Photo by Denny Müller on Unsplash

Back in September 2019, I quit my job and freelance projects to write my first novel. I gave myself 6–8 months to focus. I had enough in the bank to survive, so I thought I’d get back to work after I finish the book.

But 6 months later, I still didn’t have a book or a full novel draft.

I got the freedom and space I wanted. Yet, I only finished a handful of book chapters. I would eventually throw away those early chapters because they sucked.

Then my country went on lockdown. I couldn’t go out. I couldn’t run in the mountains — which was my way of meditating. My girlfriend ghosted me. And I was going stir-crazy at home.

Two months of isolation later, I finished four 3k-5k word short stories, got my first story published internationally, and got accepted in a highly sought-after scriptwriting workshop amid thousands of other applicants.

I still didn’t have a book, but I was getting more things done with less freedom.

Pacing freedom

Freedom is like money. If you don’t plan how to spend it — and you don’t stick to that plan — you’ll waste it fast.

Before I quit my job and freelance projects, I never had much time for myself. I was always either at the office, working, or at home, doing client projects.

So when I finally got the free time I wanted, I didn’t know how to manage it.

During those 6 months, I tried budgeting my time the way I budget my money: I would assign certain hours in the day for certain activities. That didn’t work. Just like my money, I didn’t stick to the budget. I spent too much time on things that needed less (like Netflix and dive bars), and too little on things that needed more (like my book).

I would schedule too many things (because I want to get many things done) in a week that I would either finish all of them and get burned out; or not finish all and get disappointed with myself.

Eventually, I learned that pacing is the key. Maybe budgeting time works for others. But not for me. Instead, I’d give myself three things to focus on daily. That would be my structure. Then it’s just a matter of pacing myself on those three things.

I’d usually focus on writing, errands, and fun.

  • I’d wake up and write for a minimum of two hours. This is non-negotiable.
  • If I felt like it, I’d continue writing after those two hours.
  • If not, then I start on my errands
  • After errands, I’d go back to writing
  • Then, I’d go out with friends, or exercise, or binge-watch. It’s a fun way to end the day.

Pacing helped me manage my freedom more successfully. I felt more in charge of my time and activities. It also helped me get things done without burning out. It’s more sustainable and less restrictive than budgeting.

Focus triggers

Ever felt like everything is in chaos and you’re not getting anywhere? Or it’s the middle of the day and the morning is gone but nothing was done?

How do you recover from that?

With limited freedom, I learned to give myself “focus triggers”; Activities that help me feel good about myself, and signal to my body and brain that it’s time for creative work. To some, it might be a yoga session, a stroll at the park, a swim, maybe a cup of iced latte. To me, it’s running.

Running puts me in a meditative state where I can deal with my thoughts, emotions, and stories. As Murakami says, “It’s a form of mesmerism… I mesmerize myself to reach a deeper state of mind.”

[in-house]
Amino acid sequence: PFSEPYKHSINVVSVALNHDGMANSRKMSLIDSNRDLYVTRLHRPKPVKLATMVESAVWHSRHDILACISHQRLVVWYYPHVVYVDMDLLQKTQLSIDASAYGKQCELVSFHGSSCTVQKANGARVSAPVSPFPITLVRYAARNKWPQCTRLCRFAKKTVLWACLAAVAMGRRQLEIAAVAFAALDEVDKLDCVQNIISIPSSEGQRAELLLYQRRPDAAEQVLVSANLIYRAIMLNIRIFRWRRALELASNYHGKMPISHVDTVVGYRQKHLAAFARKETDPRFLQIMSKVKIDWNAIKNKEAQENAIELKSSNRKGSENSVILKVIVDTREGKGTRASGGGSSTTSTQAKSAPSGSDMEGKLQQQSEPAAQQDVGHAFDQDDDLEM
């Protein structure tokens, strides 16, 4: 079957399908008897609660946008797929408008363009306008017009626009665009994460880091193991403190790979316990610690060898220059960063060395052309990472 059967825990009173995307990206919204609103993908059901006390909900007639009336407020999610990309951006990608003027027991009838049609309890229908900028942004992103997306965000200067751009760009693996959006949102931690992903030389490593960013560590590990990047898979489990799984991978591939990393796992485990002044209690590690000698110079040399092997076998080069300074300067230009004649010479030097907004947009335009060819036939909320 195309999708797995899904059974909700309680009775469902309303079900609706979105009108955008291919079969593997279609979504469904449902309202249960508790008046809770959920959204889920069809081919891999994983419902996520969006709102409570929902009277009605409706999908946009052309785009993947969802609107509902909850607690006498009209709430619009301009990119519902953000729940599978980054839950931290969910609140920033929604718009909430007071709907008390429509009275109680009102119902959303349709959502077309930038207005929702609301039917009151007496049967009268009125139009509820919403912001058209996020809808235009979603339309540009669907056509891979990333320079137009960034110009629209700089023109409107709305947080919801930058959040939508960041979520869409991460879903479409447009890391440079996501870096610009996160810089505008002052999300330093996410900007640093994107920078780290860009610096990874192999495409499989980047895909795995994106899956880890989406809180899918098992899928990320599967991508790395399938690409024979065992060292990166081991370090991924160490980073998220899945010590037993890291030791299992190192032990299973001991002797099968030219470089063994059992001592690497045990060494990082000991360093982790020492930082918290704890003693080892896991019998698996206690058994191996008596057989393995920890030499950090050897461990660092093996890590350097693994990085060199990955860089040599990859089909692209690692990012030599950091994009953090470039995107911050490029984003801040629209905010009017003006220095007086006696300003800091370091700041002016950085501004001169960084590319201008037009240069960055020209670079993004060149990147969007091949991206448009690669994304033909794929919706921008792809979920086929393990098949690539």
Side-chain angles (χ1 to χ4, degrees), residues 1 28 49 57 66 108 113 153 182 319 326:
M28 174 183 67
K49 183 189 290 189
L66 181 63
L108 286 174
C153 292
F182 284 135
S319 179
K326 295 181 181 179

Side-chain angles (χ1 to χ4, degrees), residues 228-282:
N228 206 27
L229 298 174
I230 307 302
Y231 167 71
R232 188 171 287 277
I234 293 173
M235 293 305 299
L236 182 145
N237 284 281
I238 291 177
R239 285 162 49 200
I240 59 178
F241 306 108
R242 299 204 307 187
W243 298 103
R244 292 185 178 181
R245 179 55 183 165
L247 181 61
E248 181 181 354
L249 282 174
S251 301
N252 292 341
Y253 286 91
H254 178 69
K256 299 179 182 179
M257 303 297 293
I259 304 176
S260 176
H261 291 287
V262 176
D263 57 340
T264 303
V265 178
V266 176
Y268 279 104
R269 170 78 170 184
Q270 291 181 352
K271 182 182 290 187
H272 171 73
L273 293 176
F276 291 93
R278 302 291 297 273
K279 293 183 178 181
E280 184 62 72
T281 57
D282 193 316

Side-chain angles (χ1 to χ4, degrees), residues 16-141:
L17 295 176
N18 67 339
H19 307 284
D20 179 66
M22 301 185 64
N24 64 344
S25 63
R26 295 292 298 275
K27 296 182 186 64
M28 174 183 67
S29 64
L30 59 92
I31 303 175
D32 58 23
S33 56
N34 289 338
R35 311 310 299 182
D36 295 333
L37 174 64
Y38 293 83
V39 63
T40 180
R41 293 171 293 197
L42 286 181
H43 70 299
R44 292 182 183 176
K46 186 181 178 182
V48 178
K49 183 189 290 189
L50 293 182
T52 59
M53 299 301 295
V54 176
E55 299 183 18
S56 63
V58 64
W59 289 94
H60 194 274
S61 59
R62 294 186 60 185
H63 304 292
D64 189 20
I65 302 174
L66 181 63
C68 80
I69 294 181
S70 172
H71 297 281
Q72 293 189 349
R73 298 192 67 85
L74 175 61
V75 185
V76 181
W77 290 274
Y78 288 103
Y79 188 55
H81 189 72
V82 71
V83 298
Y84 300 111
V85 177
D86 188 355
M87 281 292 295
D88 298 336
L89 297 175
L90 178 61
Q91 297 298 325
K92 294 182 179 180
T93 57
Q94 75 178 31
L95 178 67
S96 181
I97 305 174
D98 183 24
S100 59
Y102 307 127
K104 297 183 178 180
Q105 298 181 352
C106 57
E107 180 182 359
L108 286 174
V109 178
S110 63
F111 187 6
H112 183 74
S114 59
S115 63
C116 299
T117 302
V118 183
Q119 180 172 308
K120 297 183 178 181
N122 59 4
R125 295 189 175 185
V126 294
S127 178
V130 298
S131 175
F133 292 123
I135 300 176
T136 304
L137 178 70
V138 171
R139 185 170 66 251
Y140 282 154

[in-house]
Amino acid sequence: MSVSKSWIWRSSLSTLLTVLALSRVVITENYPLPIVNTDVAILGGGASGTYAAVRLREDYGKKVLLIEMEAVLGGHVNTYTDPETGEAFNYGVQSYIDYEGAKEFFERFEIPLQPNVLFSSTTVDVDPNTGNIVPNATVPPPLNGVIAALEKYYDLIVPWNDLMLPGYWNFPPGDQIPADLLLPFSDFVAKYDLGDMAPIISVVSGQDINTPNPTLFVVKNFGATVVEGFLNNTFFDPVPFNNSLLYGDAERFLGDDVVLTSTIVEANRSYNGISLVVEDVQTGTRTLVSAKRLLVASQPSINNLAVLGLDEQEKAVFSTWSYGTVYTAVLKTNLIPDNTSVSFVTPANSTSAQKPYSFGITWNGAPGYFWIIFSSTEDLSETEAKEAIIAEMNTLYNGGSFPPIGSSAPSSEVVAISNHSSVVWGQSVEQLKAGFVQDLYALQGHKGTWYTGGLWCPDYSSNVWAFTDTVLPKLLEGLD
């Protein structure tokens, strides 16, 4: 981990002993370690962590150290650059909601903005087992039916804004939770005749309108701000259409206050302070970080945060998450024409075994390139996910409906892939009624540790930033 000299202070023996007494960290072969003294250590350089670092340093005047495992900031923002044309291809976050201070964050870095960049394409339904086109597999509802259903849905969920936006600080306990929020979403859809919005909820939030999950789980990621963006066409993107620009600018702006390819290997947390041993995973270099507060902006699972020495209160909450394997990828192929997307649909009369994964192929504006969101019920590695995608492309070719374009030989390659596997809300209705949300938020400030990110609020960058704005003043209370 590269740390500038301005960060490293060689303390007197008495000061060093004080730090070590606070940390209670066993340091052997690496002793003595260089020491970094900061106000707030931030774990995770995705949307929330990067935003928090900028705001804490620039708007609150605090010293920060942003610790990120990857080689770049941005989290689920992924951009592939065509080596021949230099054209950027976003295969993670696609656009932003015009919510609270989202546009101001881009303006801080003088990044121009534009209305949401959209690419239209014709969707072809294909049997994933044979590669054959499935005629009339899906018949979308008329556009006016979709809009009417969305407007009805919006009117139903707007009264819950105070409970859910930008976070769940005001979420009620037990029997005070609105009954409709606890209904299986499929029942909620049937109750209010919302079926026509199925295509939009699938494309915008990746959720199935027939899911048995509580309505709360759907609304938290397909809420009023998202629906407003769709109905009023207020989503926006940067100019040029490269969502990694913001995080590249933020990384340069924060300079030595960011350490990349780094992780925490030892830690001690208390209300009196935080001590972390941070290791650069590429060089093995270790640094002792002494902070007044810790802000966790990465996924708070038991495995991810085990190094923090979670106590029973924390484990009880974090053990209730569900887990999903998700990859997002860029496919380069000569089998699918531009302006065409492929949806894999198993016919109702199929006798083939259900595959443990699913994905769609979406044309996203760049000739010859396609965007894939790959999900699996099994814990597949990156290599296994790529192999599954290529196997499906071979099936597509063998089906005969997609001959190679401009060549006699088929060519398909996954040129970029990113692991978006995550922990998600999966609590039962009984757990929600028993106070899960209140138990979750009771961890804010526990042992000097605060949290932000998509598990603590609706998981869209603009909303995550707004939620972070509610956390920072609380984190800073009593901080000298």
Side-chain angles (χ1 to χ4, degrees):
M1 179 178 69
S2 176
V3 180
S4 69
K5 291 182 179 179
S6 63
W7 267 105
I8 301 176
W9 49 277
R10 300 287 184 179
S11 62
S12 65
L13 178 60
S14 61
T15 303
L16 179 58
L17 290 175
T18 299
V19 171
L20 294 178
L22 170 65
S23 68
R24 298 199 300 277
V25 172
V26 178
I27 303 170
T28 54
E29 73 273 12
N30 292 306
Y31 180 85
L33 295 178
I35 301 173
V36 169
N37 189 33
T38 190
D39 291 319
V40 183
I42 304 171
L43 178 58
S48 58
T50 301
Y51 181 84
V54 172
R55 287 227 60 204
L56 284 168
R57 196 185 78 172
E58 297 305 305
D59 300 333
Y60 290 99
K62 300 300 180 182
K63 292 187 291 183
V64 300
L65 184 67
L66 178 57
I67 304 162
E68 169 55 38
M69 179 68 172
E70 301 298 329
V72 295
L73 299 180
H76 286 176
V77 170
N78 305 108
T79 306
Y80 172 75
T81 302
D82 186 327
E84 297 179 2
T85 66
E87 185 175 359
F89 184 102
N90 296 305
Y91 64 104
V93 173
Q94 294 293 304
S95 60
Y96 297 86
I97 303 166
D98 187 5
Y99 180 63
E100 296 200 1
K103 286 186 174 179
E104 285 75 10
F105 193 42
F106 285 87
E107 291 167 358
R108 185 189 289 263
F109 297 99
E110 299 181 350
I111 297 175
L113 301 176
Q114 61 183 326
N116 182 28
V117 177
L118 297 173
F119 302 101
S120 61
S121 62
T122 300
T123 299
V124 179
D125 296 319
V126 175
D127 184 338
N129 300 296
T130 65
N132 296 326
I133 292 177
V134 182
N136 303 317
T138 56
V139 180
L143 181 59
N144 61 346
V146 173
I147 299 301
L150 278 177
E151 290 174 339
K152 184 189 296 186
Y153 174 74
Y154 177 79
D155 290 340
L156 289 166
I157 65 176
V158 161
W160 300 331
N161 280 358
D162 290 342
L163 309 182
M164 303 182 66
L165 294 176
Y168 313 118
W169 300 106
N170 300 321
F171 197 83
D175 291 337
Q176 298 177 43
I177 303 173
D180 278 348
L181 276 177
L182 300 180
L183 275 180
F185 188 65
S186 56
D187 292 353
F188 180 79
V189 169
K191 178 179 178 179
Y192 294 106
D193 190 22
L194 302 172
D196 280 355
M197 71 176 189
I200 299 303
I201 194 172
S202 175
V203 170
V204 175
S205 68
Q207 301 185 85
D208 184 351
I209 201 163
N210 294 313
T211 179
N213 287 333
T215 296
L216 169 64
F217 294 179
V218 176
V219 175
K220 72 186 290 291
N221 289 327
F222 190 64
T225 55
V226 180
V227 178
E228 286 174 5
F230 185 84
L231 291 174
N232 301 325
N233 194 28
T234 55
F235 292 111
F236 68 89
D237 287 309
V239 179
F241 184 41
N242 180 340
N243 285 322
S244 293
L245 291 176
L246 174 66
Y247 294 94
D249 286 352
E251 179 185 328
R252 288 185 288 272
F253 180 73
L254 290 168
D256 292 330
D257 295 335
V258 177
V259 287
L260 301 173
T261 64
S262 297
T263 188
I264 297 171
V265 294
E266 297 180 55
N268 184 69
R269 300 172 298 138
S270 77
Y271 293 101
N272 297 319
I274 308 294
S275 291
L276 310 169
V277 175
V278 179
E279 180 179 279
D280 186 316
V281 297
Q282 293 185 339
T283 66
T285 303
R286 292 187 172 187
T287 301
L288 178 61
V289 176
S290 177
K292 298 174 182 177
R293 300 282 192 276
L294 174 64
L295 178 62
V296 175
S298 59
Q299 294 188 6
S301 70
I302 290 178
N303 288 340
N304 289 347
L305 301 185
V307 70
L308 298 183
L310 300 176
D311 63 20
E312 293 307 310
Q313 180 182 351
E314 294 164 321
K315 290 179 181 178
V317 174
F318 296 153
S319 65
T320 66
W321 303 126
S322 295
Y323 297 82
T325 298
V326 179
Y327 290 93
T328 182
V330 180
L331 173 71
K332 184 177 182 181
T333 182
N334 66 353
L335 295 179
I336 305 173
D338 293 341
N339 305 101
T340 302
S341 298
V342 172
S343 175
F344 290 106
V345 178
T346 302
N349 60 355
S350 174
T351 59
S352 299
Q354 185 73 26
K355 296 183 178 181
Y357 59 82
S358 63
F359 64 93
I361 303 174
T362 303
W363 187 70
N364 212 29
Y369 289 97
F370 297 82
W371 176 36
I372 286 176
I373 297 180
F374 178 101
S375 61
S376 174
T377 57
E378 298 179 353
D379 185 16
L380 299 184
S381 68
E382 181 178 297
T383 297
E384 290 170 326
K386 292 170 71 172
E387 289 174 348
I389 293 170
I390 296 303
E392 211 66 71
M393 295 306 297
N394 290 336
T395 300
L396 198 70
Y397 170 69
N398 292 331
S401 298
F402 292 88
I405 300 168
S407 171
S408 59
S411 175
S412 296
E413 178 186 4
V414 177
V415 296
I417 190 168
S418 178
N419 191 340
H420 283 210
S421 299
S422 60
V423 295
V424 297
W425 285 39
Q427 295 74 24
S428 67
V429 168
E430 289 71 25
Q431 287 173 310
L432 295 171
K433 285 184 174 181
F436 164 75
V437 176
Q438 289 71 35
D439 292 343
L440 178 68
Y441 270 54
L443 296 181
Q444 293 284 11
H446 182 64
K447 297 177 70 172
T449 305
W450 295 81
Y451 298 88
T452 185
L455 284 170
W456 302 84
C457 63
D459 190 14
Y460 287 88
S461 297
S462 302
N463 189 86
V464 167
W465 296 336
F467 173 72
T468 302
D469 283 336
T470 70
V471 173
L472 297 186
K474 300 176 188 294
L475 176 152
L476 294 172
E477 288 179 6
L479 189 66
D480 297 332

Just a note on your focus trigger:

Avoid harmful coping mechanisms — Smoking, drinking, etc. I used to rely on some of these too. But they’re bad for you in the long run.

It makes you better every day — Instead of running, my focus trigger used to be eating; Chocolate, ice cream, Samyang, etc. They may not be inherently harmful, but it’s best to adopt activities that consistently improve you as a person.

Adjustable routines

Routines are essential. They help you get things done even when you don’t feel like doing anything. But these routines should also be adjustable for difficult times.

I used to have an easy 10-kilometer mountain run twice a week, and a longer 20K-30K run every weekend. But when the lockdown happened, our city banned all outdoor activities.

I don’t have an indoor gym or a treadmill at home. I only have a four-by-five meter open space in my backyard. I had to adjust.

I ran around the backyard for two hours or so a day. This running motion placed me in the meditative state I needed. I’d run, stop to write a little (ideas, inspirations, notes to self, etc.), then run again. I used my 2-hour runs to plan the day and gain inspiration for my writing.

But jogging on a small space with flat terrain is no substitute for the exertion that my body is accustomed to.

So I watched some videos by AthleanX and Chris Heria, selected exercises that worked for me, and then I customized a 45-minute, high-intensity, full-body indoor workout. I did those exercises twice or thrice a week. And they kept me focused.

Freedom comes with a price: Distractions

I’m a free-spirited person. I might have done more things in the two months of isolation following the lockdowns. But I can’t live like that for too long. Eventually, I’d want to go out again, run through mountains, drink with friends.

With the Covid-19 vaccine rolling out, more people are finally regaining their freedom. But other places are still going on lockdowns (my city just got back to stricter measures this month).

Getting things done with less freedom is universal. Many circumstances limit our freedom: Work, relationships, viruses, accidents. But life goes on and so should we.

This experience taught me how to manage the distractions that come with freedom. Now, I pace my time, rather than budget it; keep my focus, even in the middle of a bad day; and adjust my routines to handle unexpected things in life.

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